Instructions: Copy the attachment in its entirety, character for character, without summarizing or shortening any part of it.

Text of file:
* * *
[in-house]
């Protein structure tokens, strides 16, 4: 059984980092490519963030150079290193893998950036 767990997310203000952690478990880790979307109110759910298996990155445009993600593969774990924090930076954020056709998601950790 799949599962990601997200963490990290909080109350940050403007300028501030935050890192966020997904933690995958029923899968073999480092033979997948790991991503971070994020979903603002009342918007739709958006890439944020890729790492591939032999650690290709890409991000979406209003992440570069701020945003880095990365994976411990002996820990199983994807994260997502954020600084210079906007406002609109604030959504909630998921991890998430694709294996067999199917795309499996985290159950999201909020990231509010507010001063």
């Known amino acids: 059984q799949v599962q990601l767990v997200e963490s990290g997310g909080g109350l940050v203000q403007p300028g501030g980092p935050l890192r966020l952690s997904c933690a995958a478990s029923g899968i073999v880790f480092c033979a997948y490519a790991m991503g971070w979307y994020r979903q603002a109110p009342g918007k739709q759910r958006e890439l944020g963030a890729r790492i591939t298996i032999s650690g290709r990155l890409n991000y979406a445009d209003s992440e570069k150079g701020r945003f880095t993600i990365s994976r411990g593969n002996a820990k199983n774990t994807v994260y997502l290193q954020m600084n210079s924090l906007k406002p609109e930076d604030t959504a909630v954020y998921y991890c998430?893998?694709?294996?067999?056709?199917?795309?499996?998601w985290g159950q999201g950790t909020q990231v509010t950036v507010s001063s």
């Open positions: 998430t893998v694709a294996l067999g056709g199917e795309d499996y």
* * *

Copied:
[in-house]
């Protein structure tokens, strides 16, 4: 059984980092490519963030150079290193893998950036 767990997310203000952690478990880790979307109110759910298996990155445009993600593969774990924090930076954020056709998601950790 799949599962990601997200963490990290909080109350940050403007300028501030935050890192966020997904933690995958029923899968073999480092033979997948790991991503971070994020979903603002009342918007739709958006890439944020890729790492591939032999650690290709890409991000979406209003992440570069701020945003880095990365994976411990002996820990199983994807994260997502954020600084210079906007406002609109604030959504909630998921991890998430694709294996067999199917795309499996985290159950999201909020990231509010507010001063």
């Known amino acids: 059984q799949v599962q990601l767990v997200e963490s990290g997310g909080g109350l940050v203000q403007p300028g501030g980092p935050l890192r966020l952690s997904c933690a995958a478990s029923g899968i073999v880790f480092c033979a997948y490519a790991m991503g971070w979307y994020r979903q603002a109110p009342g918007k739709q759910r958006e890439l944020g963030a890729r790492i591939t298996i032999s650690g290709r990155l890409n991000y979406a445009d209003s992440e570069k150079g701020r945003f880095t993600i990365s994976r411990g593969n002996a820990k199983n774990t994807v994260y997502l290193q954020m600084n210079s924090l906007k406002p609109e930076d604030t959504a909630v954020y998921y991890c998430?893998?694709?294996?067999?056709?199917?795309?499996?998601w985290g159950q999201g950790t909020q990231v509010t950036v507010s001063s």
């Open positions: 998430t893998v694709a294996l067999g056709g199917e795309d499996y």